Analysis

Thurston Gardens – A Site of Old Disputes

Today It is at the centre of a New row. Two groups of landowning units and possibly more are claiming ancestral links to it.
26 Feb 2019 14:09
Thurston Gardens – A Site of Old Disputes
The site earmarked for the Indian High Commission complex.

There are many stories about the epic land battles between warring iTaukei tribes during the 1800s in the Suva Peninsula that are part of oral history.

They must be taken into consideration in order to understand the current debate over a piece of land at Thurston Gardens in Suva that has been earmarked as the new site for the Indian High Commission.

There is the story of this warrior clan that came down from deep in the hills of Naitasiri and conquered the coastal settlements of the Suva Peninsula before they settled at Kinoya, Nasinu.

One day the conquerors looked out to the sea past Laucala Bay and liked what they saw. They saw the white foam of the breaking waves.

It was the first time they had seen anything like it.

A reconnaissance team was sent to investigate and report back. It reported that it was a beautiful place – a nice beach.

It was then decided to move to the Rewa delta. After they arrived, they discovered that most of the delta was covered in mangroves. It was too late to go back.

Some years ago when the Government was building the road and the Bailey Bridge to connect Laucala Beach and Vatuwaqa, an earth-moving machine sank in the mud and work stopped.

Descendants of that warrior clan were called in to perform a traditional yaqona ritual that led to the successful salvage of the machine and the restart of the project until its completion.

Historian and photojournalist Kim Gravelle wrote that the modern city of Suva did not grow out of the original village.

“The city was created by removing and replacing the original village. The people of Suva village had originally lived in a place called Nauluvatu, a citadel on top of a steep rock cliff rising straight up from Walu Bay (close to where the Australian Embassy is today).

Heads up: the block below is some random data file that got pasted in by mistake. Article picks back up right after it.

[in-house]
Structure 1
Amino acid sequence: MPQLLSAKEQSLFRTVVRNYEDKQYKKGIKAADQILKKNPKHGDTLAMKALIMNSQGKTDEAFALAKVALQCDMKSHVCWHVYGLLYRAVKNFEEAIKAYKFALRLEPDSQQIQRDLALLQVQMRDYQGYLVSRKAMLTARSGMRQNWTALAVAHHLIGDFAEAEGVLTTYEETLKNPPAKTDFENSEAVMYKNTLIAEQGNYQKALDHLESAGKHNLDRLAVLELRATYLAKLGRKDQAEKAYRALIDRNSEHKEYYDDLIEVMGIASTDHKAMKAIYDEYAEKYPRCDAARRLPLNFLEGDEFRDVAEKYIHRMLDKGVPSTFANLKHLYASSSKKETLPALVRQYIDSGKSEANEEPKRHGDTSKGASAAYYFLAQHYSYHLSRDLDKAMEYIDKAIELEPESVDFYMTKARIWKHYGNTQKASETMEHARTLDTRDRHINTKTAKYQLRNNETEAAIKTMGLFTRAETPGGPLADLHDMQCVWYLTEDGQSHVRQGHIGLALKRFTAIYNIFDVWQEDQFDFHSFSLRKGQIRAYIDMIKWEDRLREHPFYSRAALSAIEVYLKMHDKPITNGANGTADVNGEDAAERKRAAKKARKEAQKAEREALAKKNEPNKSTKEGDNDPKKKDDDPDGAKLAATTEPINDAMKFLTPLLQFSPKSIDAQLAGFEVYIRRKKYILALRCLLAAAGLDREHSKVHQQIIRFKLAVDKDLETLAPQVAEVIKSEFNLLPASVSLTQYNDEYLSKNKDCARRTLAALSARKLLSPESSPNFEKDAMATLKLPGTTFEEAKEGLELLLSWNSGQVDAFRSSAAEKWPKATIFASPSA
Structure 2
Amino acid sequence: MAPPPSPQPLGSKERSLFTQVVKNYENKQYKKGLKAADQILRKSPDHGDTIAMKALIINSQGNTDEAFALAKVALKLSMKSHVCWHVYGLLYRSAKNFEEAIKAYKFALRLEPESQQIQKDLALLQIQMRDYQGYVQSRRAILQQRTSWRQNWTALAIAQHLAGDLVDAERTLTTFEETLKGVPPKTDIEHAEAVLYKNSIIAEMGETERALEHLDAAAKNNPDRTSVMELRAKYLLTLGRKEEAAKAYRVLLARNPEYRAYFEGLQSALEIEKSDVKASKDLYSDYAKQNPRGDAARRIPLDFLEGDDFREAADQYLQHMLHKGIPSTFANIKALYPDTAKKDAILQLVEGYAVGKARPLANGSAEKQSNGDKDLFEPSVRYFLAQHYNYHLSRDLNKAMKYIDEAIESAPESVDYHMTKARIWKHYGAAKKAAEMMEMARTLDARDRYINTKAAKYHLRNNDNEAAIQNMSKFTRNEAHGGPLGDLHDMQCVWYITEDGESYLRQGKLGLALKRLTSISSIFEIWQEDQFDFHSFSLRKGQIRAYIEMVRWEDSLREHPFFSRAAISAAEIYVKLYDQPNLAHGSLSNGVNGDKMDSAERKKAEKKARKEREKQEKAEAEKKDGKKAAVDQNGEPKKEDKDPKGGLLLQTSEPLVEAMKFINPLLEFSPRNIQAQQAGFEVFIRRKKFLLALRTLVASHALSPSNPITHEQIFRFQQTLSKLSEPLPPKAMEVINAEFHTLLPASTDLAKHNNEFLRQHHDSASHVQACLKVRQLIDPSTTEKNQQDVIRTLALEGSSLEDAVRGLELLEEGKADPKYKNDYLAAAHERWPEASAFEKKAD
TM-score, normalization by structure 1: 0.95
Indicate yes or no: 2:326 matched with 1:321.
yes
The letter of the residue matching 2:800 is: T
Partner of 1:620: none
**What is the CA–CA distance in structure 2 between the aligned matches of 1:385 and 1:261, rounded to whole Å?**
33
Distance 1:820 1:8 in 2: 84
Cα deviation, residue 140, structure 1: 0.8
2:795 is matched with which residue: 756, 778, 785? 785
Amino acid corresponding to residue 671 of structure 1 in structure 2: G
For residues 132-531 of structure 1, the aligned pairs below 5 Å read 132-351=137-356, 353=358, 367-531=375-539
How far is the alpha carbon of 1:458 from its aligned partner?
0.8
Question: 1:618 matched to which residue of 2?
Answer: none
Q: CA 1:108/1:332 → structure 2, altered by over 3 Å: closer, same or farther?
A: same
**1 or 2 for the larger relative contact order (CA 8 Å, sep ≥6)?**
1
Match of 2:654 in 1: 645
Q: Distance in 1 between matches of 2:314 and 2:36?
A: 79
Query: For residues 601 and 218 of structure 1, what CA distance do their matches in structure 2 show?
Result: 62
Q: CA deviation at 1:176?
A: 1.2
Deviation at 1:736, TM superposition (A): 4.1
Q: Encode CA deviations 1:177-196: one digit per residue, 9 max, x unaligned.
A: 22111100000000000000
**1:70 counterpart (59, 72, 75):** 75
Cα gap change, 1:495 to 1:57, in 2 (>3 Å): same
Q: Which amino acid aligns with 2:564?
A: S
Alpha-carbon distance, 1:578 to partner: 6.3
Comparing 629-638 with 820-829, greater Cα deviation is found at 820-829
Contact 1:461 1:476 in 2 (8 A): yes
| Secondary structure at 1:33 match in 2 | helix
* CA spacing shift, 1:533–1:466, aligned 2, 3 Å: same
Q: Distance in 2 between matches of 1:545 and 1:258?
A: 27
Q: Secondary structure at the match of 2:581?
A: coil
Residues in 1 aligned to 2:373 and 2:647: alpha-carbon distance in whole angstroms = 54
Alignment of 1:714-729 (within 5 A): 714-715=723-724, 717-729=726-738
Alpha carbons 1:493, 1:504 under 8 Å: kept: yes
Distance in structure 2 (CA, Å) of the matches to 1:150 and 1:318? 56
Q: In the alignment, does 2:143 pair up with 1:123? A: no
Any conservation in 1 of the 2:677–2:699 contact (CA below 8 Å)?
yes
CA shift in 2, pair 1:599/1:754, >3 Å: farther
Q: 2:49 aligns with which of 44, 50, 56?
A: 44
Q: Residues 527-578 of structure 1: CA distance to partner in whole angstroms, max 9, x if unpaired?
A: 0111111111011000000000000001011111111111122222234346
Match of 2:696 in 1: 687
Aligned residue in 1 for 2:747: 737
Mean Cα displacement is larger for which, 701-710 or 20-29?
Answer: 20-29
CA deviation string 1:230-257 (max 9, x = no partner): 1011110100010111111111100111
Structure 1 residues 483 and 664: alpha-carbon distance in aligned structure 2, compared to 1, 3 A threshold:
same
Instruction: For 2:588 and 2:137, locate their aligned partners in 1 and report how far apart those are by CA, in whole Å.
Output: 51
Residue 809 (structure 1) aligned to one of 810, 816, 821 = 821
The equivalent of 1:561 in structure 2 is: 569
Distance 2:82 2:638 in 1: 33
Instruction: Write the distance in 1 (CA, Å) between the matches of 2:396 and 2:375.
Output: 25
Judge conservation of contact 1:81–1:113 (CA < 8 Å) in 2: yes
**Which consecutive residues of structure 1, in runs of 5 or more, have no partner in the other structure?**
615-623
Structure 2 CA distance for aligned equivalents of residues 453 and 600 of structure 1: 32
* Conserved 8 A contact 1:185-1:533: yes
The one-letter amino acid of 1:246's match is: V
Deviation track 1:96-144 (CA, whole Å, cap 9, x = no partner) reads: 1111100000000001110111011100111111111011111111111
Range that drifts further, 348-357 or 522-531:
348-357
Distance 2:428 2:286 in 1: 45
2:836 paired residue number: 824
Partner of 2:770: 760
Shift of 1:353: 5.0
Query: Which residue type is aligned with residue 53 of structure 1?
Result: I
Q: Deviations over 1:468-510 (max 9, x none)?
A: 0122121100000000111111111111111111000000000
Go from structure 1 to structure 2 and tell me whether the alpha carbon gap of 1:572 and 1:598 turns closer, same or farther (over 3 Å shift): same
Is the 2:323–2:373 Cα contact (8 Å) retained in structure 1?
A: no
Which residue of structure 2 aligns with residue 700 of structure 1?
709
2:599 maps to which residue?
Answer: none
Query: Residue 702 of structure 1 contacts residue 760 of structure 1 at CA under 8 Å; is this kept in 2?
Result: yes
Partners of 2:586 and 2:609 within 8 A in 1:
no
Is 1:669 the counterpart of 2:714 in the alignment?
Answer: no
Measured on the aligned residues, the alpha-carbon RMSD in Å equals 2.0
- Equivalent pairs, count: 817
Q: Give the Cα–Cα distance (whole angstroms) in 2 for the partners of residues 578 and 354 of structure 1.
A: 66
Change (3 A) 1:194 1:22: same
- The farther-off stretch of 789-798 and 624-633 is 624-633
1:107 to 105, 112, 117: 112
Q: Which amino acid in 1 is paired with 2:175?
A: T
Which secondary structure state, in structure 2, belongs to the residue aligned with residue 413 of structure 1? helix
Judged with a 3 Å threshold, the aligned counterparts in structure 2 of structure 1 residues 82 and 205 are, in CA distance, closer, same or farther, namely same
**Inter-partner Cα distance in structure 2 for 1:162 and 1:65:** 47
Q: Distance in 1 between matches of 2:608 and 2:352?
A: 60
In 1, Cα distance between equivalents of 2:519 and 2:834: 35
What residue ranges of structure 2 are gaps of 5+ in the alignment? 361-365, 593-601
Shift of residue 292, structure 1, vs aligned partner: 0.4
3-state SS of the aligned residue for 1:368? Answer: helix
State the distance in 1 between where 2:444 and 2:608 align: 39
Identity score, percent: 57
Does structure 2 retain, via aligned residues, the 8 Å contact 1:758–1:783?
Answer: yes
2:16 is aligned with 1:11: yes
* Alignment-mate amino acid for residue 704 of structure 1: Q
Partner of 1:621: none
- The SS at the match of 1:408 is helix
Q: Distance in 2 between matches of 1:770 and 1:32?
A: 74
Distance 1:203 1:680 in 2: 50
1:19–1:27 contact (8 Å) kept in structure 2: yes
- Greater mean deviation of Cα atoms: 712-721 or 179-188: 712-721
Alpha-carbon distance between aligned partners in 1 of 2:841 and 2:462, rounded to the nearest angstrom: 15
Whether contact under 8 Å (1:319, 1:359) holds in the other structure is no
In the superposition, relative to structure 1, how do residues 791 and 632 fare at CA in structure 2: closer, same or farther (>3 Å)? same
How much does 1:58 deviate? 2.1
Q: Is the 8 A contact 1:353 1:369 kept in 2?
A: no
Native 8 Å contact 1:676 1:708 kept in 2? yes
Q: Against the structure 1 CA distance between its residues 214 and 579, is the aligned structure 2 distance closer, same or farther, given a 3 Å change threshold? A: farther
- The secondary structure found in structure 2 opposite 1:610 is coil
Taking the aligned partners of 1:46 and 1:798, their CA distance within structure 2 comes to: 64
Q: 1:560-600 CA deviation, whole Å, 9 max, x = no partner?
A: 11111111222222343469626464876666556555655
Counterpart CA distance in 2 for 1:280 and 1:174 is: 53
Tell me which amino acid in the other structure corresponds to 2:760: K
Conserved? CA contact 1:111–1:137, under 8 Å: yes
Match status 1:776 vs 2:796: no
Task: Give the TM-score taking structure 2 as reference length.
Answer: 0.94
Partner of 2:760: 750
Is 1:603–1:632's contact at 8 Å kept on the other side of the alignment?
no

“This site was later abandoned and the people of Suva moved south along the peninsula and settled in the area that is today known as Thurston Gardens.

“A description at this time says that, ‘Suva in 1843 was a busy growing village, its bure and temples surrounded by a moat’.”

That year was important because it was when the Siege of Suva took place.

This was one of the most tragic battles that occurred in the history of Fiji. It saw the clubbing to death of 400 women and children of Suva by the men of neighbouring Rewa. The cause of the conflict between the two sides was the stealing of a pig.

The siege also marked the beginning of one of the longest wars in Fiji between Rewa and Bau.

 

Thurston Gardens.

Thurston Gardens.

Before Suva was proclaimed capital of Fiji in 1877, the people of Suva and their village were moved to an alternative location.

It was reported then that the move was linked to the accidental burning of the American Consul’s house on Nukulau Island.

The local villagers who lived on the nearby coast were held responsible.

The British paid for the compensation and later leased the island from the traditional owners.

For a number of years the island owners were receiving lease money. Then one day it stopped.

The landowners did not ask any questions because they could survive without it. They lived off the land, sea and river and the use of cash, in those days the British pounds, shillings and pence, was minimal. The British colonial rulers at the time, must have discovered what happened, and sent the “Buli” (provincial administrator) back to Britain. It was alleged that he was part of a conspiracy that amended the lease arrangement so that the lease money was paid to one of his drinking mates.

But the battle for the Suva Peninsula has continued from the dark days of cannibalism.

Today, it’s between two groups, and it has gone to court and back.

One group represents the Mataqali Vatuwaqa and Mataqali Tuirara and it supports Government’s move to allow the Indian Government to occupy the site.

The other group claims to have the support of three yavusa (tribes) and 11 mataqali (clans) and is led by Acting Tui Suva Solomone Kinitavaki.

The group members claim the disputed area is their historical village site and they would continue the struggle to have the land returned to them.

The struggle has taken a political twist.

Some SODELPA MPs are backing it.

The way it is going, we are going to hear more about this issue in the coming months.

Feedbacknemani.delaibatiki@fijisun.com.fj

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